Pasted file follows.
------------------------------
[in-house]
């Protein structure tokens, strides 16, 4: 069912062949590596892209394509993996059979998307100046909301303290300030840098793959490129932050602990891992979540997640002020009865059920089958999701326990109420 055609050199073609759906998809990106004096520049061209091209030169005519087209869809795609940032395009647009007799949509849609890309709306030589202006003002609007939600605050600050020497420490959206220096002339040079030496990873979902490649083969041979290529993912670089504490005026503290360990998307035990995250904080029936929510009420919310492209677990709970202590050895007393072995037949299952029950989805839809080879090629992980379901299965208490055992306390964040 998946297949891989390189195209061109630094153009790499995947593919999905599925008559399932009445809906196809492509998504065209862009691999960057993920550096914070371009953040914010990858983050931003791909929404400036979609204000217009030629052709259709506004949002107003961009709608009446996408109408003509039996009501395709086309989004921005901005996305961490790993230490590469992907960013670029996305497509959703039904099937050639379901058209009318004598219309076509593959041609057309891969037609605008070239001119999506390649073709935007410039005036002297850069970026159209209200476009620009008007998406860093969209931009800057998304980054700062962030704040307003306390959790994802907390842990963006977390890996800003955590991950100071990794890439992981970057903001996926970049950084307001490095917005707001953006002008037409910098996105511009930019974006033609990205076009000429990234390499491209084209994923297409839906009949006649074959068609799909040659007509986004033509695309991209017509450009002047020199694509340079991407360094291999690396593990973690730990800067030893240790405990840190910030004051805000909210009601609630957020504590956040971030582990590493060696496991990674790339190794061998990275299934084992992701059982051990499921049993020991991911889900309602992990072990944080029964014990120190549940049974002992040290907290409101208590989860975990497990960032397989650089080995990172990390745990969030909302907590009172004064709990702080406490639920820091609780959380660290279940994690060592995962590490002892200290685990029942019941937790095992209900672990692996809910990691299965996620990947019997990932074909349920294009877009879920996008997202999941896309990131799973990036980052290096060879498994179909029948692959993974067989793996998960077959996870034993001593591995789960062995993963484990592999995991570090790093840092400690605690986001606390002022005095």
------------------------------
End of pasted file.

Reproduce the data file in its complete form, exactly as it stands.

[in-house]
């Protein structure tokens, strides 16, 4: 069912062949590596892209394509993996059979998307100046909301303290300030840098793959490129932050602990891992979540997640002020009865059920089958999701326990109420 055609050199073609759906998809990106004096520049061209091209030169005519087209869809795609940032395009647009007799949509849609890309709306030589202006003002609007939600605050600050020497420490959206220096002339040079030496990873979902490649083969041979290529993912670089504490005026503290360990998307035990995250904080029936929510009420919310492209677990709970202590050895007393072995037949299952029950989805839809080879090629992980379901299965208490055992306390964040 998946297949891989390189195209061109630094153009790499995947593919999905599925008559399932009445809906196809492509998504065209862009691999960057993920550096914070371009953040914010990858983050931003791909929404400036979609204000217009030629052709259709506004949002107003961009709608009446996408109408003509039996009501395709086309989004921005901005996305961490790993230490590469992907960013670029996305497509959703039904099937050639379901058209009318004598219309076509593959041609057309891969037609605008070239001119999506390649073709935007410039005036002297850069970026159209209200476009620009008007998406860093969209931009800057998304980054700062962030704040307003306390959790994802907390842990963006977390890996800003955590991950100071990794890439992981970057903001996926970049950084307001490095917005707001953006002008037409910098996105511009930019974006033609990205076009000429990234390499491209084209994923297409839906009949006649074959068609799909040659007509986004033509695309991209017509450009002047020199694509340079991407360094291999690396593990973690730990800067030893240790405990840190910030004051805000909210009601609630957020504590956040971030582990590493060696496991990674790339190794061998990275299934084992992701059982051990499921049993020991991911889900309602992990072990944080029964014990120190549940049974002992040290907290409101208590989860975990497990960032397989650089080995990172990390745990969030909302907590009172004064709990702080406490639920820091609780959380660290279940994690060592995962590490002892200290685990029942019941937790095992209900672990692996809910990691299965996620990947019997990932074909349920294009877009879920996008997202999941896309990131799973990036980052290096060879498994179909029948692959993974067989793996998960077959996870034993001593591995789960062995993963484990592999995991570090790093840092400690605690986001606390002022005095």